Verso Group has hit back at the Information Commissioner’s Office’s handling of its investigation – and subsequent press statements – following last week’s £80,000 fine, amid growing concerns that once companies are in the ICO’s sights, they are on “a hiding to nothing”.
Speaking exclusively to Decision Marketing, Verso chairman Anthony Hawkins claimed that not only were the ICO’s statements “misleading”, but the regulator also failed to support its findings with any figures on how many records were in breach of the law, making it virtually impossible for the firm to refute the claims.
Hawkins said: “The directors of Verso would like to highlight the fact that the ICO has implied that Verso Group was responsible making 46 million nuisance calls. The number of data records supplied by Verso to Prodial was less than 0.15% of the volume stated. Furthermore, to this day Verso still has no evidence that any of our 50,000 records of data supplied to Prodial were actually ever dialled – nevertheless it is an extremely small fraction of the figure suggested by the ICO.
“During the investigation the ICO also failed to support its enquiries with any figures relating to breach of regulation. This obviously prevented any opportunity to refute the claims, but nevertheless the ICO has stated that Verso Group has been found to have breached the relevant rules.”
Hawkins also claimed that Verso has recently been exonerated in a case investigated by a separate UK regulator. The investigation lasted more than a year, and there were found to be no charges to answer for. However, defending the allegations cost Verso Group £120,000 in legal and forensic accountancy fees.
Hawkins (pictured) explained: “When during its investigation the ICO provided the opportunity for the directors of Verso Group to accept a fine that would be discounted by £16,000 if paid by a given date, they decided that it was commercially more prudent to accept the fine than fight the case which, based on previous experience, may have cost upwards of £150,000 in professional fees.
“Such fees cannot be recovered when there is found to be no case to answer for. The actual fine that will be paid is £64,000, not £80,000 as reported.”
The ICO says Verso is just one of 14 companies it is investigating as part of a wider probe into the data broking industry.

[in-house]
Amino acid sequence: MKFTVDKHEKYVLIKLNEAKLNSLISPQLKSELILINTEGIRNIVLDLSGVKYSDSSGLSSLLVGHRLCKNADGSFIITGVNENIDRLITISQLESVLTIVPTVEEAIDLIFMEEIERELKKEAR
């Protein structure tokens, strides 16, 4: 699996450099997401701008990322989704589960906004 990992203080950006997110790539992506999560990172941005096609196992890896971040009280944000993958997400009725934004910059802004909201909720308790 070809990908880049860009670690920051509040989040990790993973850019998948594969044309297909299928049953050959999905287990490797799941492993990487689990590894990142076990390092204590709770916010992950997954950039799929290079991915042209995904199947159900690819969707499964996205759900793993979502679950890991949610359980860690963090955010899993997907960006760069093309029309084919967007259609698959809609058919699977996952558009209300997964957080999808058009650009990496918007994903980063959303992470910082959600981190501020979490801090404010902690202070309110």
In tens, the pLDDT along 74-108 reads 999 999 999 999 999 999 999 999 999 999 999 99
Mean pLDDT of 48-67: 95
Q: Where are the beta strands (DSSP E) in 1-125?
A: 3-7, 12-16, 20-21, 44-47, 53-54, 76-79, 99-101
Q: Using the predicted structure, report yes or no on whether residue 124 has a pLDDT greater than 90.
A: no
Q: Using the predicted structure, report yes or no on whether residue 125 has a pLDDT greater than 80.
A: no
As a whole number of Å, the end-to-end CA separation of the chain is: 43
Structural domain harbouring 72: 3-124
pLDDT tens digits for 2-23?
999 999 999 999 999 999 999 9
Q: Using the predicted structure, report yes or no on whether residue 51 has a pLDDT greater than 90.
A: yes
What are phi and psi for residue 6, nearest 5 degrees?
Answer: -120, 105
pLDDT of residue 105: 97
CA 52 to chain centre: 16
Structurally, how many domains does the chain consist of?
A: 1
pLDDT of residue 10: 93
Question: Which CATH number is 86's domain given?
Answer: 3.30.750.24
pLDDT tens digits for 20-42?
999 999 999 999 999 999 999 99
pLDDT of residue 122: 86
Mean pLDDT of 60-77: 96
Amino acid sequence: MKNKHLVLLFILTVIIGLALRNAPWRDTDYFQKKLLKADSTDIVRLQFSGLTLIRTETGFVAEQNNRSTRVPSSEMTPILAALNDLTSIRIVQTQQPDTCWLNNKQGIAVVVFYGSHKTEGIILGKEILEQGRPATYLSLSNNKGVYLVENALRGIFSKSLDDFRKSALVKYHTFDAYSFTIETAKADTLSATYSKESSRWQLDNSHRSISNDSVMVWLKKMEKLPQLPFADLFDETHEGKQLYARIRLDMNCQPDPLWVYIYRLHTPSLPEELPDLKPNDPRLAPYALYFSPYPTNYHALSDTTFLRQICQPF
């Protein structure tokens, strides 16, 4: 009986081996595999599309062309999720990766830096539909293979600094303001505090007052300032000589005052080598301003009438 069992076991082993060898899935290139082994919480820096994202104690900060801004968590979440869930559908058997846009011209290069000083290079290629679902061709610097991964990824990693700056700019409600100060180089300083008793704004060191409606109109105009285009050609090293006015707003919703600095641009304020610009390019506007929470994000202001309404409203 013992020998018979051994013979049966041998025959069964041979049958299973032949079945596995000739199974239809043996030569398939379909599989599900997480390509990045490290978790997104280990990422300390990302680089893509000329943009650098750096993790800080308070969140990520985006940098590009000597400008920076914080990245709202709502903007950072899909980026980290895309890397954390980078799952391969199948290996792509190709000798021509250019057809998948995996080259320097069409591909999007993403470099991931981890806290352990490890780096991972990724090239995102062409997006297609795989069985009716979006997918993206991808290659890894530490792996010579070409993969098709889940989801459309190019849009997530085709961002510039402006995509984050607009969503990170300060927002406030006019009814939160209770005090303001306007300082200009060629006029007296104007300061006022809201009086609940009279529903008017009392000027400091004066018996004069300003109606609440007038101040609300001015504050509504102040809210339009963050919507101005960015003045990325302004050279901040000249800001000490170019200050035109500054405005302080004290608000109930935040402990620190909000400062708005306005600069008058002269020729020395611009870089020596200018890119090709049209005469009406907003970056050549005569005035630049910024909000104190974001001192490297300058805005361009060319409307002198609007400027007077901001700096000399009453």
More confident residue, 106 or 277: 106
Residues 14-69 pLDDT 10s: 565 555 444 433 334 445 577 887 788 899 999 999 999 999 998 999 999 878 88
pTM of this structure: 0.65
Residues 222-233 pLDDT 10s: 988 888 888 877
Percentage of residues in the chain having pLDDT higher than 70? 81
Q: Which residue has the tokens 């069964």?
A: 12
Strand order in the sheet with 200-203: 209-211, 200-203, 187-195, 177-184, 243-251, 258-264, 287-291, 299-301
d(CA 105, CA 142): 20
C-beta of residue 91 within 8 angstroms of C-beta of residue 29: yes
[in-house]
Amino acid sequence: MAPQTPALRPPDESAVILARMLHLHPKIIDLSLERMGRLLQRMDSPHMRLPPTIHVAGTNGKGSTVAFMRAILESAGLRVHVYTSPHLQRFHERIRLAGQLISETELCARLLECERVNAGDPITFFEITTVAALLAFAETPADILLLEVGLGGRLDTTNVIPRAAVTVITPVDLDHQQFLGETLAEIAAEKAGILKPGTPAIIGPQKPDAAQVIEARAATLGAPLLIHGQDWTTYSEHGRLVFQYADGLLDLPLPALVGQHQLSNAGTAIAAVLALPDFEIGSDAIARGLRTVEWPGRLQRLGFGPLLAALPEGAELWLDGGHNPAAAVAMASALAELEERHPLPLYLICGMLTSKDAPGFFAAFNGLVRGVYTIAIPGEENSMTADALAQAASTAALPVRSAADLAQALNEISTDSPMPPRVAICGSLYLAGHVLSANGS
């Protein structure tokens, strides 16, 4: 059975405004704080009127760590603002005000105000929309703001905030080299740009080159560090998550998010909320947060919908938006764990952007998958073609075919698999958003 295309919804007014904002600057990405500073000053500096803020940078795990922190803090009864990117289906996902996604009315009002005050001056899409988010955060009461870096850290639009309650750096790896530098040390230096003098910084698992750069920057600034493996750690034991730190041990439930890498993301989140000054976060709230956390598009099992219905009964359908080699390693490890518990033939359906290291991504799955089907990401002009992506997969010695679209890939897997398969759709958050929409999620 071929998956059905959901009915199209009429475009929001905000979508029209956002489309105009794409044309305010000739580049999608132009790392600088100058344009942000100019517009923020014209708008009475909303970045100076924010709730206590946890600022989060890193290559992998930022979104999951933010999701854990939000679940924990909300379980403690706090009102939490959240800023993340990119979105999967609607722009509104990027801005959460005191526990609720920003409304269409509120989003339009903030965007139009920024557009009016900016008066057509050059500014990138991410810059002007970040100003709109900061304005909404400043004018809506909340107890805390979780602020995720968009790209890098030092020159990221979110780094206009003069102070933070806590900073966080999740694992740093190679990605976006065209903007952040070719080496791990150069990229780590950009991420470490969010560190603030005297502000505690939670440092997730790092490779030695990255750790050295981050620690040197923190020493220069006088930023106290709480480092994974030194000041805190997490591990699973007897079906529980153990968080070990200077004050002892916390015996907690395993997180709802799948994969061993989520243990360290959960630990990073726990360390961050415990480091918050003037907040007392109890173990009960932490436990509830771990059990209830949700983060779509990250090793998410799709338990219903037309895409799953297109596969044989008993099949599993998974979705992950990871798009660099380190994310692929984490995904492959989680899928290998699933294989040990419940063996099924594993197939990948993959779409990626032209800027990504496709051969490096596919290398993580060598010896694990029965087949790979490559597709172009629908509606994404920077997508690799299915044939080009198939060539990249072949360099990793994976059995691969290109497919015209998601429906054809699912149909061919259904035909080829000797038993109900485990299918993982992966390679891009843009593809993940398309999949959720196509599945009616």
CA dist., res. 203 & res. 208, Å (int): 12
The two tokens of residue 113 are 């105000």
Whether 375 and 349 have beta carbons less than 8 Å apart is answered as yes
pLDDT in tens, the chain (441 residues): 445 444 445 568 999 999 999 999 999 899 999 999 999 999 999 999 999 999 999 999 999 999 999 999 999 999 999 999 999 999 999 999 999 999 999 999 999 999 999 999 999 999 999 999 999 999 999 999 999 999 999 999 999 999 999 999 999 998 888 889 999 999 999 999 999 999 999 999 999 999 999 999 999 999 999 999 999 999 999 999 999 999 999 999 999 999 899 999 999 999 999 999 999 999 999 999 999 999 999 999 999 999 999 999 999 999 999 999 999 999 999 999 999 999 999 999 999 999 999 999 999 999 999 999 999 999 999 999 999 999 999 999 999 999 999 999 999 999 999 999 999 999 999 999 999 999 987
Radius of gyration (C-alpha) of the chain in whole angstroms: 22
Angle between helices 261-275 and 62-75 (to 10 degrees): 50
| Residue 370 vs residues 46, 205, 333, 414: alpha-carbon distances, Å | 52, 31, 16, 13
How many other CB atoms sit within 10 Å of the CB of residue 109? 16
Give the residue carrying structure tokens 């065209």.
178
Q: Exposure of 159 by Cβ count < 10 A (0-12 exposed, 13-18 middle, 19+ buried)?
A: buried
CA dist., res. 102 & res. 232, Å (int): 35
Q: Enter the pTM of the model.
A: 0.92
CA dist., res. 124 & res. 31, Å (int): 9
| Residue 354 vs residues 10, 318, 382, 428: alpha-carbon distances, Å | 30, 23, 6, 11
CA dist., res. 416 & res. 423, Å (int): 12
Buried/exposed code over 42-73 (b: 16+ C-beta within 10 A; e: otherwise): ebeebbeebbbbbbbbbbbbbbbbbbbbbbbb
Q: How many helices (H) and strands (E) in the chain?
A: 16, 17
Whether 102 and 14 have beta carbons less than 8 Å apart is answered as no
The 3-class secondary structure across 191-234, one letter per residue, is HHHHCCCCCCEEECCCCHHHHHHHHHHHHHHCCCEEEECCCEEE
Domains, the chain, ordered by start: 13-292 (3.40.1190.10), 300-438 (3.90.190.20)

One industry insider said: “We all know the ICO has a job to do, but whatever happened to its claim that it has always preferred ‘the carrot to the stick’? The recent investigation into the charity sector resulted in just a slap on the wrist for most, but they have been abusing the system for years. So why can’t other businesses get the same treatment? It seems that once you are in its sights, you are on a hiding to nothing.”
In September, the ICO slapped True Telecom with an £85,000 fine for contacting just over 200 people registered on the TPS over a two-year period, in which it claimed to have made 5 million calls.
Others have pointed out that the current regulations are a minefield and the situation is only likely to get worse. Last week, Pinsent Mason data law protection expert Claire Edwards said data practitioners face a Herculean task to ensure their businesses remain compliant.
She said: “To properly get to the bottom of data protection legislation in the UK, a controller or processor would need at the very least to read the lengthy Data Protection Bill, the lengthy GDPR and rules on e-privacy – currently PECR, although a new EU ePrivacy Regulation is on the way.
“That is before taking into account other pieces of national law, which may have some impact, such as the Digital Economy Act for example. Adding a potentially never-ending list of orders statutory instruments etc. made under the Bill’s delegated powers and it has the potential for compliance to be over burdensome for controllers and processors trying to make sense of it all.”
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